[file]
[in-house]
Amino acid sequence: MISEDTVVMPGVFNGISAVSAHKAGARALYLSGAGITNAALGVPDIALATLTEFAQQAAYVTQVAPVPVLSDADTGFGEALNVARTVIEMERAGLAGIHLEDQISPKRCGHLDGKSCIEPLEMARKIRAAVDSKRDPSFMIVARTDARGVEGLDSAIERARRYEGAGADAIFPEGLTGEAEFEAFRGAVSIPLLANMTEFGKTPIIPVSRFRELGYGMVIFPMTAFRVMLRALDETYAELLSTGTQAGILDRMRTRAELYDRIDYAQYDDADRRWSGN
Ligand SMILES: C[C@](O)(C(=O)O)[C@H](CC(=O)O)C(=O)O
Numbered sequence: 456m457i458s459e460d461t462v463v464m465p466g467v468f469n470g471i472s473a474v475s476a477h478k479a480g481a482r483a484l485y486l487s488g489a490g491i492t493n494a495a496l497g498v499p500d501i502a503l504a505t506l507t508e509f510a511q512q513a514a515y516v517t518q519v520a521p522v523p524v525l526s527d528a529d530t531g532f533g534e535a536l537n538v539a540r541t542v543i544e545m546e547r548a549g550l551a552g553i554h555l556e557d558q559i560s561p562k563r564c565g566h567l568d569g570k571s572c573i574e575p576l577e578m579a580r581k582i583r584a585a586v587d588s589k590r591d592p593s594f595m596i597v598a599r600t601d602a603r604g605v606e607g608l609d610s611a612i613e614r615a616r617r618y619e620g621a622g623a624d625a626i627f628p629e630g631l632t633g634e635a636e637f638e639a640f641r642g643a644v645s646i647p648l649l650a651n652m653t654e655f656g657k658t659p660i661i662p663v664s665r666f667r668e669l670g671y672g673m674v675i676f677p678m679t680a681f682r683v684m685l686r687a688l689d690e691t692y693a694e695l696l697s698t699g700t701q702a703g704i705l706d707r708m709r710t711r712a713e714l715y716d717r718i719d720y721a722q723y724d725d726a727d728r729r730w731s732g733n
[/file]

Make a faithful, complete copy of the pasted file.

[in-house]
Amino acid sequence: MISEDTVVMPGVFNGISAVSAHKAGARALYLSGAGITNAALGVPDIALATLTEFAQQAAYVTQVAPVPVLSDADTGFGEALNVARTVIEMERAGLAGIHLEDQISPKRCGHLDGKSCIEPLEMARKIRAAVDSKRDPSFMIVARTDARGVEGLDSAIERARRYEGAGADAIFPEGLTGEAEFEAFRGAVSIPLLANMTEFGKTPIIPVSRFRELGYGMVIFPMTAFRVMLRALDETYAELLSTGTQAGILDRMRTRAELYDRIDYAQYDDADRRWSGN
Ligand SMILES: C[C@](O)(C(=O)O)[C@H](CC(=O)O)C(=O)O
Numbered sequence: 456m457i458s459e460d461t462v463v464m465p466g467v468f469n470g471i472s473a474v475s476a477h478k479a480g481a482r483a484l485y486l487s488g489a490g491i492t493n494a495a496l497g498v499p500d501i502a503l504a505t506l507t508e509f510a511q512q513a514a515y516v517t518q519v520a521p522v523p524v525l526s527d528a529d530t531g532f533g534e535a536l537n538v539a540r541t542v543i544e545m546e547r548a549g550l551a552g553i554h555l556e557d558q559i560s561p562k563r564c565g566h567l568d569g570k571s572c573i574e575p576l577e578m579a580r581k582i583r584a585a586v587d588s589k590r591d592p593s594f595m596i597v598a599r600t601d602a603r604g605v606e607g608l609d610s611a612i613e614r615a616r617r618y619e620g621a622g623a624d625a626i627f628p629e630g631l632t633g634e635a636e637f638e639a640f641r642g643a644v645s646i647p648l649l650a651n652m653t654e655f656g657k658t659p660i661i662p663v664s665r666f667r668e669l670g671y672g673m674v675i676f677p678m679t680a681f682r683v684m685l686r687a688l689d690e691t692y693a694e695l696l697s698t699g700t701q702a703g704i705l706d707r708m709r710t711r712a713e714l715y716d717r718i719d720y721a722q723y724d725d726a727d728r729r730w731s732g733n